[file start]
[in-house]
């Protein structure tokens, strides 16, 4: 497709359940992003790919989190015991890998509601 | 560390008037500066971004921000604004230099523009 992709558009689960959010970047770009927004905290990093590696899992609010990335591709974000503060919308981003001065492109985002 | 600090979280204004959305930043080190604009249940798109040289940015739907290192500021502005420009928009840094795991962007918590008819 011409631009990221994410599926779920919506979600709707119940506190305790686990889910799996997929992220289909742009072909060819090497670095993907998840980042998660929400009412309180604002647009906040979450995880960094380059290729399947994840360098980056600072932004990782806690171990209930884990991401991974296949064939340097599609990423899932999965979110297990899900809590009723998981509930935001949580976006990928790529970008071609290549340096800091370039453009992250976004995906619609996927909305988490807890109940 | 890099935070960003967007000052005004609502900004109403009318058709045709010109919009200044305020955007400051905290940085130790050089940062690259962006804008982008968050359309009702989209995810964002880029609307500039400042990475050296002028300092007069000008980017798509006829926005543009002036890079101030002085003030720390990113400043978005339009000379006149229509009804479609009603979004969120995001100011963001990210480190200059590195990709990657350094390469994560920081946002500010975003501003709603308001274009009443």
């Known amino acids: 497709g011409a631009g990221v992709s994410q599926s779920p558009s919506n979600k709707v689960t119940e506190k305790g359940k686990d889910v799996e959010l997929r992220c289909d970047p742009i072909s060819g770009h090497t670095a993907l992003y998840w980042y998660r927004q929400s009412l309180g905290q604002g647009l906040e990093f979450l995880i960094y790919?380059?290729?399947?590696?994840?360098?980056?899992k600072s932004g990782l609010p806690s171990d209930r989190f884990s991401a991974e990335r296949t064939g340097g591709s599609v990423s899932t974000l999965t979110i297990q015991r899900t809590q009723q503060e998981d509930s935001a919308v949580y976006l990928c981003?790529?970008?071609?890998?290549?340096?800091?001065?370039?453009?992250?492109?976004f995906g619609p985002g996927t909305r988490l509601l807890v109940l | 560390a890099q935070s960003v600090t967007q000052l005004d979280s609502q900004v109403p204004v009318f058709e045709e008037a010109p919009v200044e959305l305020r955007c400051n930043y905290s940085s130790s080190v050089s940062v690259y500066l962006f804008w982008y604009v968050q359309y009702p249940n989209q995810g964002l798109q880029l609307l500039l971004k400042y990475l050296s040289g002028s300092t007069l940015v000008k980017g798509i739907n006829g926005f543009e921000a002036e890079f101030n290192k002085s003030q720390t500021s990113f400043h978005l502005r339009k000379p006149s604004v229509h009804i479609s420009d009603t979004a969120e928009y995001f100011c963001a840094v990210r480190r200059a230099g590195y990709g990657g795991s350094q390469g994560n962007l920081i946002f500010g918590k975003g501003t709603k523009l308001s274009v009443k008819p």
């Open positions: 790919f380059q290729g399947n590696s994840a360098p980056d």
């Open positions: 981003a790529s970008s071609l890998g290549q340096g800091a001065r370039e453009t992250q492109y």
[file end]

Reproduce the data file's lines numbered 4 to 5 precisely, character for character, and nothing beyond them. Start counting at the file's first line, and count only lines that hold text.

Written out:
């Open positions: 790919f380059q290729g399947n590696s994840a360098p980056d």
């Open positions: 981003a790529s970008s071609l890998g290549q340096g800091a001065r370039e453009t992250q492109y």